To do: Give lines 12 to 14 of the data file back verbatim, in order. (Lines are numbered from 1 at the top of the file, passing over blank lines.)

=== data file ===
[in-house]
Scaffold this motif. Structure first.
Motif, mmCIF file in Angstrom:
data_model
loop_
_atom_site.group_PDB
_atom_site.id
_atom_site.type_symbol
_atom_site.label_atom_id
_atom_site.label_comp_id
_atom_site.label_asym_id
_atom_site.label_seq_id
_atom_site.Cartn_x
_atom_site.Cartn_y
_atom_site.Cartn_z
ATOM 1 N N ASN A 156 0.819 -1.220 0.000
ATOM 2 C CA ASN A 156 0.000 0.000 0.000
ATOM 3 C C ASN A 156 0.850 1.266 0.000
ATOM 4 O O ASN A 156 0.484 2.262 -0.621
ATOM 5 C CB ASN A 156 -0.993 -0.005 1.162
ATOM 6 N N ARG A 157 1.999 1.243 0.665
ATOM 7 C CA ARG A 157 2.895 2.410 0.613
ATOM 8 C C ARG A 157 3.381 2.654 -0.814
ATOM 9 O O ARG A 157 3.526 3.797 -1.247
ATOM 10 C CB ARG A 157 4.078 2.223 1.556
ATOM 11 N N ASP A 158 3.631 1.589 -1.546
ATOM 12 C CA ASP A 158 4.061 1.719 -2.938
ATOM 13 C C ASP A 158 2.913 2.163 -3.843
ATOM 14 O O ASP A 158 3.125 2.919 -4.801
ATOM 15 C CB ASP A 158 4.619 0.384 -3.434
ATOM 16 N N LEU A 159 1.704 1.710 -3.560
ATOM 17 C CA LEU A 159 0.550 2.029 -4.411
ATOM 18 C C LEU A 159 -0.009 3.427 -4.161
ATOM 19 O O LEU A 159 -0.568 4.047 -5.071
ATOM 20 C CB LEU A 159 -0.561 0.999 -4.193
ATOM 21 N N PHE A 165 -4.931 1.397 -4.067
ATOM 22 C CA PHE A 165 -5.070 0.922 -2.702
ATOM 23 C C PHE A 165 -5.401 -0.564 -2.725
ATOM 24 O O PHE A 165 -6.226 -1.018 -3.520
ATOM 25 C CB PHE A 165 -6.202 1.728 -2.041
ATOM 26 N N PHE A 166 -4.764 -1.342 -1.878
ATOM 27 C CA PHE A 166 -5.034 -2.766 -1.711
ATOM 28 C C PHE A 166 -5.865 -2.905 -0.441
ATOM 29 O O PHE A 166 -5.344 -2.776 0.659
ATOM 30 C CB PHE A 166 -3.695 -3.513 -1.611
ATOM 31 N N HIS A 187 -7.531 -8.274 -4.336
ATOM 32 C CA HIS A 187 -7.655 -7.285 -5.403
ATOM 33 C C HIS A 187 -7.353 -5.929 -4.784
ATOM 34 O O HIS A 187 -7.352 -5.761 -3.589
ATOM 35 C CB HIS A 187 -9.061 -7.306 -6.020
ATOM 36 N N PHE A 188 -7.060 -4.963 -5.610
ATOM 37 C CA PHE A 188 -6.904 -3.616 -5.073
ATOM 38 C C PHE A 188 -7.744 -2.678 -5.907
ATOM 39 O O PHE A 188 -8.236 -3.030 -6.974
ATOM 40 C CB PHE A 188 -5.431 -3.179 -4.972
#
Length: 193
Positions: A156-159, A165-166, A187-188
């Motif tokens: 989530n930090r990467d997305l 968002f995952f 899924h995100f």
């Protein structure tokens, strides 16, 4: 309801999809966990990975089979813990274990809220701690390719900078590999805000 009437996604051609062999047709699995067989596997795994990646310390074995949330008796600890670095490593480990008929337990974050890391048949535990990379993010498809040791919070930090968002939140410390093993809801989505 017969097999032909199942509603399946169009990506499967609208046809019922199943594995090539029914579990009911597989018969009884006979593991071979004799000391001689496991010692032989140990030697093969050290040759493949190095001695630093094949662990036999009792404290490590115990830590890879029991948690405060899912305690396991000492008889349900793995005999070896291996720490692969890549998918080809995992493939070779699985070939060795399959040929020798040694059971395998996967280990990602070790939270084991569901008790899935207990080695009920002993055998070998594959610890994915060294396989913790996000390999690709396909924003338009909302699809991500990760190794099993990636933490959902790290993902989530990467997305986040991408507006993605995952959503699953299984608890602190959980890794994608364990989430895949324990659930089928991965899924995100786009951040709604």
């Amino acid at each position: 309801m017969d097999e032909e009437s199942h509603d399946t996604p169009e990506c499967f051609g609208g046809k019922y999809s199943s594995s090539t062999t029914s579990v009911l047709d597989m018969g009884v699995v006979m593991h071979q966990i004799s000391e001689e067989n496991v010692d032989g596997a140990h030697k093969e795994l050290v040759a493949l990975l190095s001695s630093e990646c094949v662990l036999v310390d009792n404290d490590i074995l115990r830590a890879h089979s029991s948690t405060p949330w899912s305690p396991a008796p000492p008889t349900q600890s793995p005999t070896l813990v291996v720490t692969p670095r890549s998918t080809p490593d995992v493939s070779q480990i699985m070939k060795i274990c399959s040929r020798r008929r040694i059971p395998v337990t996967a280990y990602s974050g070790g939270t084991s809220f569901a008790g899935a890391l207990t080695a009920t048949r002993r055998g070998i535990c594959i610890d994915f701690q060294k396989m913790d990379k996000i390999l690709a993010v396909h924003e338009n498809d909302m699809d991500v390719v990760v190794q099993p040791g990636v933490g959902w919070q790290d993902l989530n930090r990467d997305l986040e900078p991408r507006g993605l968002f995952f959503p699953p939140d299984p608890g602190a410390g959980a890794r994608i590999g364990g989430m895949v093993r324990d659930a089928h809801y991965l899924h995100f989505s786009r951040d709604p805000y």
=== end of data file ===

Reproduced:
_atom_site.label_seq_id
_atom_site.Cartn_x
_atom_site.Cartn_y